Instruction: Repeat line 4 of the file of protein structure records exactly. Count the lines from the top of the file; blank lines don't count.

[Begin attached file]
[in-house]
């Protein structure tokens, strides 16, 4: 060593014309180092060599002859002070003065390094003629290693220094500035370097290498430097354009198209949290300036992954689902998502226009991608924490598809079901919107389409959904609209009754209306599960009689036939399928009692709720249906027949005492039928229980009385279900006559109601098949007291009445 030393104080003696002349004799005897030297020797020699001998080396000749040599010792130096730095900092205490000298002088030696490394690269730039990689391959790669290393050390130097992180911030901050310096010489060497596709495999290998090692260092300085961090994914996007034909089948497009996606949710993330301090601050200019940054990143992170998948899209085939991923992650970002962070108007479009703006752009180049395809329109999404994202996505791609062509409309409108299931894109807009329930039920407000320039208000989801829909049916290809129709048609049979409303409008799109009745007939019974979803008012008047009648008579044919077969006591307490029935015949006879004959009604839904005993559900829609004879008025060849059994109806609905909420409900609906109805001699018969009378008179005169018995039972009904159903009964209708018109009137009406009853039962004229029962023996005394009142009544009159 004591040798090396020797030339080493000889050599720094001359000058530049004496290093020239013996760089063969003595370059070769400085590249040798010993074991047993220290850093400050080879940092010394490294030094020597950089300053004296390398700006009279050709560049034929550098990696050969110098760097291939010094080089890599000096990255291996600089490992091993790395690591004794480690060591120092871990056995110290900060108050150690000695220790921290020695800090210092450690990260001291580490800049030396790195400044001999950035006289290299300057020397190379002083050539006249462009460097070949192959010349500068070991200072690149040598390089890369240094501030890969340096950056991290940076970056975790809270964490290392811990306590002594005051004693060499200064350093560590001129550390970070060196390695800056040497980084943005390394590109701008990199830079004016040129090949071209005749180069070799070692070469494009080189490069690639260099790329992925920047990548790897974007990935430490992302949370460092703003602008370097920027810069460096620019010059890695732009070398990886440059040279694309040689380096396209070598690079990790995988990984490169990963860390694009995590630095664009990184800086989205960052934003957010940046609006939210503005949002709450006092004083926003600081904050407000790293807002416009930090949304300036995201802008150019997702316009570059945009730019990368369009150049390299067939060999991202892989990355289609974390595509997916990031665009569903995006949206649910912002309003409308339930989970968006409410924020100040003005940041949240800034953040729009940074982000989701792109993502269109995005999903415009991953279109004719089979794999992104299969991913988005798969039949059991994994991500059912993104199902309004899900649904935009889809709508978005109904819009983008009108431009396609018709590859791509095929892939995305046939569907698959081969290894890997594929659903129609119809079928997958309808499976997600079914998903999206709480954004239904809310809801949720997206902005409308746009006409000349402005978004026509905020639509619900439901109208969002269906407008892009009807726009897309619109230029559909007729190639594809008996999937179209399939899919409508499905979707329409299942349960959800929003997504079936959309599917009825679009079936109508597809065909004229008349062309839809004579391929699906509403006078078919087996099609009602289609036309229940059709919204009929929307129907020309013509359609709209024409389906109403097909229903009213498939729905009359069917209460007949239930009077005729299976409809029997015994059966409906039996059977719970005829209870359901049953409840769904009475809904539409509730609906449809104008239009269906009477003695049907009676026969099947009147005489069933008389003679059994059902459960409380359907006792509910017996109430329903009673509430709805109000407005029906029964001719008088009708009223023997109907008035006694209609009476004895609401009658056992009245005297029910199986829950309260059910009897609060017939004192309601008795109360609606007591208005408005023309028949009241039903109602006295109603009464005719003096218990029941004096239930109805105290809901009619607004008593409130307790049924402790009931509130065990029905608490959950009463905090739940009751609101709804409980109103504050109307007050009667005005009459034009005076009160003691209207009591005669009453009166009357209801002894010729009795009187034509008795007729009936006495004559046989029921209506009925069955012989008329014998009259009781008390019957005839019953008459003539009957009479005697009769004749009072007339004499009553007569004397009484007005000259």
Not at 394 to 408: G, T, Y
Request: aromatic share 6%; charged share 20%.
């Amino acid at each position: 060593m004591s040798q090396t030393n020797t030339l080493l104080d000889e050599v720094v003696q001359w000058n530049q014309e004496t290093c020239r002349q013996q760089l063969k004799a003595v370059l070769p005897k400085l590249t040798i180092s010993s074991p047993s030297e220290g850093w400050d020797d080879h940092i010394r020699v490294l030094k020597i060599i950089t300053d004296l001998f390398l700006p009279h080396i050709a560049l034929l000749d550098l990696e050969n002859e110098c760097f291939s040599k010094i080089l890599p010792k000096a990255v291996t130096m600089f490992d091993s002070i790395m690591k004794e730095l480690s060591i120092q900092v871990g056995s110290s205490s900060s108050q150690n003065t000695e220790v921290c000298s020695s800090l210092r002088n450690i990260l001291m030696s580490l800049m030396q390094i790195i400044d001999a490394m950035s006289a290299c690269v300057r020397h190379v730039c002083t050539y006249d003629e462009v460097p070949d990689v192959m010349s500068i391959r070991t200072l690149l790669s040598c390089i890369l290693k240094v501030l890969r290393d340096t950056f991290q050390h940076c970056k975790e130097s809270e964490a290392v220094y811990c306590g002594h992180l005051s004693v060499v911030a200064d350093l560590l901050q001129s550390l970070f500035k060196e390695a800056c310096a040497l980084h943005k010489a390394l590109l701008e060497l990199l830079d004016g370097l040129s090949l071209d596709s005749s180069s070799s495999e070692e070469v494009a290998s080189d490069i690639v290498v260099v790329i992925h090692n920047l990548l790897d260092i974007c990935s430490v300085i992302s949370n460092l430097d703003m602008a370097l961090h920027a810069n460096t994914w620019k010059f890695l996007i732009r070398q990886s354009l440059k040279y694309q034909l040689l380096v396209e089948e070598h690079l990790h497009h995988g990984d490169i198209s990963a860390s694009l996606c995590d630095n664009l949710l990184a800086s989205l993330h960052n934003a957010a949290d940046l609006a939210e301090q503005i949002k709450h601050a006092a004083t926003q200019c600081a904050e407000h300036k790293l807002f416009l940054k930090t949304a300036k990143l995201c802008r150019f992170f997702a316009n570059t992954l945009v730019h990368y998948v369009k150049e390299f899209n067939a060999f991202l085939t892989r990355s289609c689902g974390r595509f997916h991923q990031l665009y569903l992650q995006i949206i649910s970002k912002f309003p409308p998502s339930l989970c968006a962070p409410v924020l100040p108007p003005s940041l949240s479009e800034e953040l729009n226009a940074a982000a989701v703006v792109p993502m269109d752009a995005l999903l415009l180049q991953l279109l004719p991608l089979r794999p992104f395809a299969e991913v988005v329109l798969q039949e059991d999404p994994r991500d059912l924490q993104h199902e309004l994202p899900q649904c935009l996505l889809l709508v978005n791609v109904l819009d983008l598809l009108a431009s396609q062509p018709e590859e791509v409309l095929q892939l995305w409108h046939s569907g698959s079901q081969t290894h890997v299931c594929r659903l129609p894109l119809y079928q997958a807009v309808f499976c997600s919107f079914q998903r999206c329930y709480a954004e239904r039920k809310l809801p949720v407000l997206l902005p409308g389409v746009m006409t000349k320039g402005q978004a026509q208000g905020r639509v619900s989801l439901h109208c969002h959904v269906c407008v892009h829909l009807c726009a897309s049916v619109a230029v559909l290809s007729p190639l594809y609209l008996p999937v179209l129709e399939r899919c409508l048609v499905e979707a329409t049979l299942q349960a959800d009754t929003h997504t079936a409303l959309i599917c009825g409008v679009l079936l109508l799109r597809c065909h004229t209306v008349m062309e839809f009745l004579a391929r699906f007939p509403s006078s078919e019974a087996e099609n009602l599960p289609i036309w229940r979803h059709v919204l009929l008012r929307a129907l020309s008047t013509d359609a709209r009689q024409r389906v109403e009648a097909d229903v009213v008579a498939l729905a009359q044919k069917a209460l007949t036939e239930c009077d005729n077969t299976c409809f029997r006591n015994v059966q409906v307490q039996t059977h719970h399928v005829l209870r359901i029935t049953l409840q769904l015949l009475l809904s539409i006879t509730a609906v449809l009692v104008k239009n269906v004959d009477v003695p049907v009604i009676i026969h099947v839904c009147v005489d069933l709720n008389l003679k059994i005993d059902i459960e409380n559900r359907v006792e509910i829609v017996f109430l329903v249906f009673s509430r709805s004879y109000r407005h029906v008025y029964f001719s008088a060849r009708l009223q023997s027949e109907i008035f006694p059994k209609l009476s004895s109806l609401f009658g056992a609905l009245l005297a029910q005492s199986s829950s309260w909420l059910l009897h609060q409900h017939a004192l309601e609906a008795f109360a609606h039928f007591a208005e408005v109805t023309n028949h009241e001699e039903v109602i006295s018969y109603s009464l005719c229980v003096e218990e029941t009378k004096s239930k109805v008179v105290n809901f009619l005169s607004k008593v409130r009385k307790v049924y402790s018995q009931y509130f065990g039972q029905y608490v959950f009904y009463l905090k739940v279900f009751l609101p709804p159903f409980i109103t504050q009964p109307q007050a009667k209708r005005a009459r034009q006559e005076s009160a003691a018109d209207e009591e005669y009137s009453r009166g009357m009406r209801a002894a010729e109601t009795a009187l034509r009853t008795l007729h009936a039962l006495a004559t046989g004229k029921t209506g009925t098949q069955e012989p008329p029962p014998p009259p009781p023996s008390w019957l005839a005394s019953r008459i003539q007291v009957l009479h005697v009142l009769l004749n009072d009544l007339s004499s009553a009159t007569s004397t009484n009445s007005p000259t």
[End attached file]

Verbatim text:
Request: aromatic share 6%; charged share 20%.